When Rob first approached me about this role, the Dallas Morning News had just announced editorial-staff layoffs and my family questioned the future of newspapers (and my sanity). And to be fair, there has been a mind-numbing procession of similar announcements over the past few years.
I was part of the seven-person team that started Business Monday at The News Journal before leaving to join MBNA. So, it’s somewhat heartbreaking to return to the area from Texas and see business coverage there confined to some spot news and daily stock listings that are easily accessible on any smartphone.
The Morning News and many others have closed their stand-alone business sections. Before joining The News Journal, I was editor of the Dallas Business Journal, which competed successfully against TWO dailies (R.I.P., Dallas Times Herald).
I joined Delaware Business Times because I believe we can build a stronger publication with an integrated online presence, and because Delaware’s business community deserves a supportive yet curious publication.
I’m going to make seven promises about the “new” Delaware Business Times and then ask for three things in “return.”
1. Publish high-quality, in-depth stories that drive word of mouth and traffic to the website. This will include regular production of in-depth, data-driven enterprise pieces.
2. Expand our content to attract new readers. That means mentoring from experienced readers, more focus on entrepreneurial successes, and useful content. Our current readership skews older and more senior. We cherish that audience but want to grow.
3. Produce a publication that’s interesting and fun to read, one that co-workers “steal” and office visitors grab while they wait. (If you have a waiting room and don’t get the paper, please call us to subscribe.)
4. Be the No. 1 source for business leads in Delaware. We will strengthen our weekly lists and will soon introduce transaction-based data into our For the Record section.
5. Create engaging web content. Navigation will be more intuitive. We’ll wait to post some stories online until you’ve had a chance to read them here first. Many stories you read on these pages will be posted with links to additional content. New features like Parting Thoughts (retiree reflections on their careers) and Fond Farewells (eulogies of notable Delawareans) may run shorter in the paper, but we’ll include the full interviews or eulogies on the website (check out the Andrew Moore eulogy and Dave Sysko interview online).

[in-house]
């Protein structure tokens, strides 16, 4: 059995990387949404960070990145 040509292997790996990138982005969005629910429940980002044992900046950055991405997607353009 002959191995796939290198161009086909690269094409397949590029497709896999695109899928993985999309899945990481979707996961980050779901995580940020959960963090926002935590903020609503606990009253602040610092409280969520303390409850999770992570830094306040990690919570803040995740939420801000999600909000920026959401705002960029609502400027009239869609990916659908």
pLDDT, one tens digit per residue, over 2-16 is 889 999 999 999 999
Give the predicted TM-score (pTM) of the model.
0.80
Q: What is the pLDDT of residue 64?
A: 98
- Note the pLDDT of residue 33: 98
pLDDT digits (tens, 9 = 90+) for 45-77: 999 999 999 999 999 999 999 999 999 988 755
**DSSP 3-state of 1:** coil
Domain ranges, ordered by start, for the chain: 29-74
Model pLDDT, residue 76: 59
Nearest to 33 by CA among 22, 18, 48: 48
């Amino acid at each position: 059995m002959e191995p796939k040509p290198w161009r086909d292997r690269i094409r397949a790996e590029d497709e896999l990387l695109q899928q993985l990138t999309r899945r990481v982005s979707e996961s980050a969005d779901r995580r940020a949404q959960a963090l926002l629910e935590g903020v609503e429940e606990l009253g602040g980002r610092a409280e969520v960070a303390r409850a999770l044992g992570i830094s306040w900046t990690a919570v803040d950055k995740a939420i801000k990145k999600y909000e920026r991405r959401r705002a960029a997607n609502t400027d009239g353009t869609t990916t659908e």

6. Build a community and encourage conversation. Our Viewpoints pages will be more issue-centric, and we’ll add a regular Point/Counterpoint feature. And we’ll focus regularly on nagging issues, including the frustrating challenge of improving literacy among inner-city third-graders.
7. Be an incubator for student journalists. I had some success at the Baylor Line magazine giving talented students the opportunity to learn and get bylines that will help them get jobs in a challenging job market. We’ll do the same here with local schools.
Here’s how can help us deliver the best possible product:
1. Hold us accountable. Let me know if we have fallen short of your expectations. If we miss someone on our weekly List or a story goes off the rails, let me know. Write me directly at firstname.lastname@example.org
2. Help us find interesting stories. Send us your press releases and we’ll do our best to include them in some form, particularly through daily online updates. But more important, we want you to consider us a place for breaking news and perspective on other stories. Please send those releases and ideas to us at email@example.com. But if it’s breaking AND important, please contact me directly.
3. Subscribe. We’ll hire a new reporter soon, but the only way we can effectively cover a business community this diverse is to add more staff. I’ll need your help on that. If you have enjoyed a free subscription for an extended time and we achieve these goals, then please convert to a paid subscription. If my track record at The News Journal gives you confidence now, please consider doing that today here.
We have a lot of moving parts and a lot to do. This is going to be fun.